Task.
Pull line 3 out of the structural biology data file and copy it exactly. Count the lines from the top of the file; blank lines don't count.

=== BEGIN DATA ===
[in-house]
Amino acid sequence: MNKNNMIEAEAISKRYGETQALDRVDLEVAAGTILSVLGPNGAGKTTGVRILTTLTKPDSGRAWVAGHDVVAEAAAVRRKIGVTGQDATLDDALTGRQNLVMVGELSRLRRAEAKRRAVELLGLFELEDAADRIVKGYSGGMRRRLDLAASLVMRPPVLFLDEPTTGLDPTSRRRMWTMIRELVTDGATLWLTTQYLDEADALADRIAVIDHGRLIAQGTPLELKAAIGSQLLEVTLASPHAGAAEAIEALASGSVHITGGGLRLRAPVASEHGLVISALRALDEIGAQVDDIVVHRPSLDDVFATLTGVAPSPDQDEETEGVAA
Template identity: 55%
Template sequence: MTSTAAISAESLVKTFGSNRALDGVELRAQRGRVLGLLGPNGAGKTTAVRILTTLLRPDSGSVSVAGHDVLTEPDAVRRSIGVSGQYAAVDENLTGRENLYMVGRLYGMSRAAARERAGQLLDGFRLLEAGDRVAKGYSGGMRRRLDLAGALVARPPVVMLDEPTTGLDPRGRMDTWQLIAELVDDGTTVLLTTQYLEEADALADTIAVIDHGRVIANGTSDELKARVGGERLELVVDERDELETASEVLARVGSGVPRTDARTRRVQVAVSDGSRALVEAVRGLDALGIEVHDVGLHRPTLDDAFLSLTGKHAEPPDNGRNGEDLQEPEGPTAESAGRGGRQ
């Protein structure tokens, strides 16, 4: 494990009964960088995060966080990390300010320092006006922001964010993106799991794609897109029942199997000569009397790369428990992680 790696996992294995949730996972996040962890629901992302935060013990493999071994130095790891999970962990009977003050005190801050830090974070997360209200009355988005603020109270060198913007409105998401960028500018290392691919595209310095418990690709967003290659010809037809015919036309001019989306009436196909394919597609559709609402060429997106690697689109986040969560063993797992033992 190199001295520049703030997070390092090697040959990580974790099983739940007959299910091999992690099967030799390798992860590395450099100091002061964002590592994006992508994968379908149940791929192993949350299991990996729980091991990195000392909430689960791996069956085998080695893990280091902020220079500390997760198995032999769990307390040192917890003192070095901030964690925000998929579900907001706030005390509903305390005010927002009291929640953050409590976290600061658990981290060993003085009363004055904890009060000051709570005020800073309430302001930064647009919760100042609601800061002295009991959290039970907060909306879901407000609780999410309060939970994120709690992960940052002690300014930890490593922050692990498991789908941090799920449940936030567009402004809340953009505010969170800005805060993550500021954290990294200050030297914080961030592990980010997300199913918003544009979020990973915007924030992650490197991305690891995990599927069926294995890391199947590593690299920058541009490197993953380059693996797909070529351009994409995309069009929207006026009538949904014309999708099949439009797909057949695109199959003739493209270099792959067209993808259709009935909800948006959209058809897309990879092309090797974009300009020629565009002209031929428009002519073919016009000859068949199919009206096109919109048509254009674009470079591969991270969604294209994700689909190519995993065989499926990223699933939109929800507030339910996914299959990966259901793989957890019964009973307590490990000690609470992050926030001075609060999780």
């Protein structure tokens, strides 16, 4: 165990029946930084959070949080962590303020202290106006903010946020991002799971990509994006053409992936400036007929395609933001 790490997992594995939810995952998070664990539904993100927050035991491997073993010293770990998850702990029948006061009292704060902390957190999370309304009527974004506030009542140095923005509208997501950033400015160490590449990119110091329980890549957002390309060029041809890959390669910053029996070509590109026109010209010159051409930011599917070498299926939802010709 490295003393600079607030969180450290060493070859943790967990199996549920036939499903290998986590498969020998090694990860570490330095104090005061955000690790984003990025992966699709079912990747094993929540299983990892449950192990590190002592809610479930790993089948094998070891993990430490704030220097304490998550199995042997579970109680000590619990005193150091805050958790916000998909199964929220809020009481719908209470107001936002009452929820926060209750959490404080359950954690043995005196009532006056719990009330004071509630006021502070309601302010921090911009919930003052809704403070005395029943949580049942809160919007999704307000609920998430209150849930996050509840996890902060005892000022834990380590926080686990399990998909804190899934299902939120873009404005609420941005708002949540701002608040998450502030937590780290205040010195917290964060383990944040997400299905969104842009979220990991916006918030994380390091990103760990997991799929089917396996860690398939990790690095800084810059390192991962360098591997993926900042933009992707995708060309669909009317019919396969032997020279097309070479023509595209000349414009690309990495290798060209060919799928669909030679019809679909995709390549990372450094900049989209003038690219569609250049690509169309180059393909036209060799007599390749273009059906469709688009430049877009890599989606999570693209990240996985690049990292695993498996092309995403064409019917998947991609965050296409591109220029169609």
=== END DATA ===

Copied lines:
Template identity: 55%